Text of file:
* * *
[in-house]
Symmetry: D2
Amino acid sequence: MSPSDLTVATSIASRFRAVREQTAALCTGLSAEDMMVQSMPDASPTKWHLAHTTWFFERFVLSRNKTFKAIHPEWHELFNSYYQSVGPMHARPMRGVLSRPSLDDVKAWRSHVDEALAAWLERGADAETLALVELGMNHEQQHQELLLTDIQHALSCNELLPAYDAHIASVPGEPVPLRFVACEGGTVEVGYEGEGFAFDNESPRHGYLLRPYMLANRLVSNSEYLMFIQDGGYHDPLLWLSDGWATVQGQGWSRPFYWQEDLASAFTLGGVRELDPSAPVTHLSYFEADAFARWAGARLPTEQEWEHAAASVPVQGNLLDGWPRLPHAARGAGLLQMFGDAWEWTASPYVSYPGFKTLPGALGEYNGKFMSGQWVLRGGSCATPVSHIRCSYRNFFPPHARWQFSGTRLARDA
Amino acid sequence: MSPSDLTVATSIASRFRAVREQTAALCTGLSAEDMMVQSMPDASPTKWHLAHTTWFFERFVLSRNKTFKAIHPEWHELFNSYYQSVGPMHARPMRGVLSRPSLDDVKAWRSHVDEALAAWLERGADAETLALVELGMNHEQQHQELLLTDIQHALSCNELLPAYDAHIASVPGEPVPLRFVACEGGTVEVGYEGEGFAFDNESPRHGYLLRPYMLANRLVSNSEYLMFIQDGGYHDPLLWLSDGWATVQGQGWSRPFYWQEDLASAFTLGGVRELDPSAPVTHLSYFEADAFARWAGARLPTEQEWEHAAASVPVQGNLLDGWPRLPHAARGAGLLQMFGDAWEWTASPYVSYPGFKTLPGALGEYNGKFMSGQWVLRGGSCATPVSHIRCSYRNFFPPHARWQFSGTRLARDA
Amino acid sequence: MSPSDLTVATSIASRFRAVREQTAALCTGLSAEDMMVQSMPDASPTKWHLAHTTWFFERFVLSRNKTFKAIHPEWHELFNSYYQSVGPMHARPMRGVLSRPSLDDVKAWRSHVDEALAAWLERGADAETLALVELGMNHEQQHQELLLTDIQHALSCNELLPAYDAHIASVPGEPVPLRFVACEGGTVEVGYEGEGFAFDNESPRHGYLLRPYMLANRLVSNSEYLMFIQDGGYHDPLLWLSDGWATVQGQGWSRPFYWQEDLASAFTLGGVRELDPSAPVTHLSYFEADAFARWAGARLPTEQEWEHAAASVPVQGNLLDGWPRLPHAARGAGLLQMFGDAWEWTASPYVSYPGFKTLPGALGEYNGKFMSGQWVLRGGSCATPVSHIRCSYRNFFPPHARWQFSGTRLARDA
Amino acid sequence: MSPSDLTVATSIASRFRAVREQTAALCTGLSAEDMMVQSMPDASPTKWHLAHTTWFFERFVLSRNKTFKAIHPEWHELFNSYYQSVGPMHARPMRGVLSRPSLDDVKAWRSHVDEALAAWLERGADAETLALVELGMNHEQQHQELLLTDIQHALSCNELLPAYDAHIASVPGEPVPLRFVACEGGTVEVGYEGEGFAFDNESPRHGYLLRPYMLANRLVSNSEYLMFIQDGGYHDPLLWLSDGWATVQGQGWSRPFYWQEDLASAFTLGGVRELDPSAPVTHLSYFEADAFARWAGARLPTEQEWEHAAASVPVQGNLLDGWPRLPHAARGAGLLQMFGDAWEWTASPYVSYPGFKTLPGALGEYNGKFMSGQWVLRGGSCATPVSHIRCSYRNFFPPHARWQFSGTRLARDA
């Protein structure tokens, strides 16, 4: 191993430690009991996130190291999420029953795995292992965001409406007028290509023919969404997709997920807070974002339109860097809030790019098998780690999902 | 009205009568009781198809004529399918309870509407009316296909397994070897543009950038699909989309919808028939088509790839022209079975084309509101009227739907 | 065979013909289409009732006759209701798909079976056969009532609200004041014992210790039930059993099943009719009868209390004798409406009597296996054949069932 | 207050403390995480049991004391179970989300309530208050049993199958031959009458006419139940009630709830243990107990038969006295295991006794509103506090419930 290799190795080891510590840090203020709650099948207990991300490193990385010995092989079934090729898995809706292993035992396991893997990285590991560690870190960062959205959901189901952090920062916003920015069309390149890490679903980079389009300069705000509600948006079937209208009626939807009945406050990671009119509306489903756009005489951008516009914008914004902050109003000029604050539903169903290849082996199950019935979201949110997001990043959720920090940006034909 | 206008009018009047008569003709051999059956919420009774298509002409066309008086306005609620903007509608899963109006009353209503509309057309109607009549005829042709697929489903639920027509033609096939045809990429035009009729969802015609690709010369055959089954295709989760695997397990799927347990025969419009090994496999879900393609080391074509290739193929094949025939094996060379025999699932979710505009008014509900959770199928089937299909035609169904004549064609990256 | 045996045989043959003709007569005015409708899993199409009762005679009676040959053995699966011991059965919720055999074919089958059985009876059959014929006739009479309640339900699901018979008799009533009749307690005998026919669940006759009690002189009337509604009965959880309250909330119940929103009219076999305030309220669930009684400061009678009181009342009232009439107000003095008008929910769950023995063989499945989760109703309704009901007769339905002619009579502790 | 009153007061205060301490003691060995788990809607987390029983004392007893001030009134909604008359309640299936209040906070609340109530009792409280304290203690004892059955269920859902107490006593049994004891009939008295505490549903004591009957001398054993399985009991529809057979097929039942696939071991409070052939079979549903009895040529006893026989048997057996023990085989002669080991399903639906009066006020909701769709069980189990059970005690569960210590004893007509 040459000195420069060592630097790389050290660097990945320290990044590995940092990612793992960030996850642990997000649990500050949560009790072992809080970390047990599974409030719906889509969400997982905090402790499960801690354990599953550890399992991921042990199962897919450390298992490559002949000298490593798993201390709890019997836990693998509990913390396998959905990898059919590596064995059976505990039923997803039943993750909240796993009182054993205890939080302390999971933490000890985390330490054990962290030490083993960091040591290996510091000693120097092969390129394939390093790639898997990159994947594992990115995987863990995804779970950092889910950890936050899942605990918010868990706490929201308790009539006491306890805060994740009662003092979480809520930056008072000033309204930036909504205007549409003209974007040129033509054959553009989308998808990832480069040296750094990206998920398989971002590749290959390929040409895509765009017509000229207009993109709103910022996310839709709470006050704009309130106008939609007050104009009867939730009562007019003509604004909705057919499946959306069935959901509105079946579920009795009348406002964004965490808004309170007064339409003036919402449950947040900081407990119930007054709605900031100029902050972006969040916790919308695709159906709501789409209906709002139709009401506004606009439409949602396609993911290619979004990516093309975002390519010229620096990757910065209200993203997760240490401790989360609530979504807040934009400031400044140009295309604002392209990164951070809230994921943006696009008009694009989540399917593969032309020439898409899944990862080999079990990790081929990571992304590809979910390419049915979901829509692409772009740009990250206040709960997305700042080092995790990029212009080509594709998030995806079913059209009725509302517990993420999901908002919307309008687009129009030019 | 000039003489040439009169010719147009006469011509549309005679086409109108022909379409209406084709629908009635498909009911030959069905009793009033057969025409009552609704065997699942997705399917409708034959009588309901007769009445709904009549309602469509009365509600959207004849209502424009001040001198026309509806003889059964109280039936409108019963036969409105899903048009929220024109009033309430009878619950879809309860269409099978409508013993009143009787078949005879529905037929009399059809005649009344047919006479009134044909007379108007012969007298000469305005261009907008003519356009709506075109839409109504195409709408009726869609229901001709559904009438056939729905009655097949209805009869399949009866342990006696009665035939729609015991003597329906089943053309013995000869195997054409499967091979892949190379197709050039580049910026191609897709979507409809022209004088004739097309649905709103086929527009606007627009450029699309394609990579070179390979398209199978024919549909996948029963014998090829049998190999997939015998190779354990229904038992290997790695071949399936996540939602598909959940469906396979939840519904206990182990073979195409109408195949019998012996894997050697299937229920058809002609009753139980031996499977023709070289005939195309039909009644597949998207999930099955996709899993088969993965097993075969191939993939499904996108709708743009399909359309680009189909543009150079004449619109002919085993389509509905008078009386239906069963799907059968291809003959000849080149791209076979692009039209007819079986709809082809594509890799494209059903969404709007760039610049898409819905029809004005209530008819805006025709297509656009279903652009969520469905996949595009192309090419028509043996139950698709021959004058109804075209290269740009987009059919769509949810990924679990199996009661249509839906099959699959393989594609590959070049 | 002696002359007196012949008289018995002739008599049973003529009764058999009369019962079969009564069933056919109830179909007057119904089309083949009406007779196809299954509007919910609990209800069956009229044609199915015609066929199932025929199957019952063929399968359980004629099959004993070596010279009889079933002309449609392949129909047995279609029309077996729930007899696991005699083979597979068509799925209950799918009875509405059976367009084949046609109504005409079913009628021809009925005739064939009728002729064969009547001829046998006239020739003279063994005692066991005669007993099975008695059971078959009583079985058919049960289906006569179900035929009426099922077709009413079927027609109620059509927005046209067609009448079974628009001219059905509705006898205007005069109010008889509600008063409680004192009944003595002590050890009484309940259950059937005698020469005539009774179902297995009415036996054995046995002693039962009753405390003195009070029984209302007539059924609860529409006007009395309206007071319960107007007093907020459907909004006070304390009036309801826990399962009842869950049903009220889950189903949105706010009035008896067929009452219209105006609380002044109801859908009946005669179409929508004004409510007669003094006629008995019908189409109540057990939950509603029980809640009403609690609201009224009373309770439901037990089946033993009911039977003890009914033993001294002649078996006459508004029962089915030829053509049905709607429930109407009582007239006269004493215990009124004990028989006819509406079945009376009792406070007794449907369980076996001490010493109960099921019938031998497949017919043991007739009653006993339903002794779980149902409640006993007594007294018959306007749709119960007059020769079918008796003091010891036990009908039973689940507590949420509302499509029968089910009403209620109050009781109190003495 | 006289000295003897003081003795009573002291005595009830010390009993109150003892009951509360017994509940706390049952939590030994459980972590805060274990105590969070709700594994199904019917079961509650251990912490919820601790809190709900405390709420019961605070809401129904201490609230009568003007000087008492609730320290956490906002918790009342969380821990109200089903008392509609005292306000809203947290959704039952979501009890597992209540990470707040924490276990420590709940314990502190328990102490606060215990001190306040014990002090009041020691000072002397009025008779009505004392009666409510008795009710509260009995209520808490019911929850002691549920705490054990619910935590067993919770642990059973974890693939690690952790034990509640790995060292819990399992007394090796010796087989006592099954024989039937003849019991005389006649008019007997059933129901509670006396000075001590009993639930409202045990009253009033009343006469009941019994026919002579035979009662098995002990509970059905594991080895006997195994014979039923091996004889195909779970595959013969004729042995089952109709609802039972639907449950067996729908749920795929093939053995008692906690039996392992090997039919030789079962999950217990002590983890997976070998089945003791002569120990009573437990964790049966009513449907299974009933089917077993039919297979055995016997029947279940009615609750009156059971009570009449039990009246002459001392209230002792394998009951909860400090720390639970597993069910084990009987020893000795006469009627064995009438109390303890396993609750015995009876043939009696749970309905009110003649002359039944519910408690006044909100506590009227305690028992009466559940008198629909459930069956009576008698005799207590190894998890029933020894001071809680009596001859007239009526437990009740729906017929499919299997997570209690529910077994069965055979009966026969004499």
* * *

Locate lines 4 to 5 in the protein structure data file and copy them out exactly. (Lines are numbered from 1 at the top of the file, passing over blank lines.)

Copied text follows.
Amino acid sequence: MSPSDLTVATSIASRFRAVREQTAALCTGLSAEDMMVQSMPDASPTKWHLAHTTWFFERFVLSRNKTFKAIHPEWHELFNSYYQSVGPMHARPMRGVLSRPSLDDVKAWRSHVDEALAAWLERGADAETLALVELGMNHEQQHQELLLTDIQHALSCNELLPAYDAHIASVPGEPVPLRFVACEGGTVEVGYEGEGFAFDNESPRHGYLLRPYMLANRLVSNSEYLMFIQDGGYHDPLLWLSDGWATVQGQGWSRPFYWQEDLASAFTLGGVRELDPSAPVTHLSYFEADAFARWAGARLPTEQEWEHAAASVPVQGNLLDGWPRLPHAARGAGLLQMFGDAWEWTASPYVSYPGFKTLPGALGEYNGKFMSGQWVLRGGSCATPVSHIRCSYRNFFPPHARWQFSGTRLARDA
Amino acid sequence: MSPSDLTVATSIASRFRAVREQTAALCTGLSAEDMMVQSMPDASPTKWHLAHTTWFFERFVLSRNKTFKAIHPEWHELFNSYYQSVGPMHARPMRGVLSRPSLDDVKAWRSHVDEALAAWLERGADAETLALVELGMNHEQQHQELLLTDIQHALSCNELLPAYDAHIASVPGEPVPLRFVACEGGTVEVGYEGEGFAFDNESPRHGYLLRPYMLANRLVSNSEYLMFIQDGGYHDPLLWLSDGWATVQGQGWSRPFYWQEDLASAFTLGGVRELDPSAPVTHLSYFEADAFARWAGARLPTEQEWEHAAASVPVQGNLLDGWPRLPHAARGAGLLQMFGDAWEWTASPYVSYPGFKTLPGALGEYNGKFMSGQWVLRGGSCATPVSHIRCSYRNFFPPHARWQFSGTRLARDA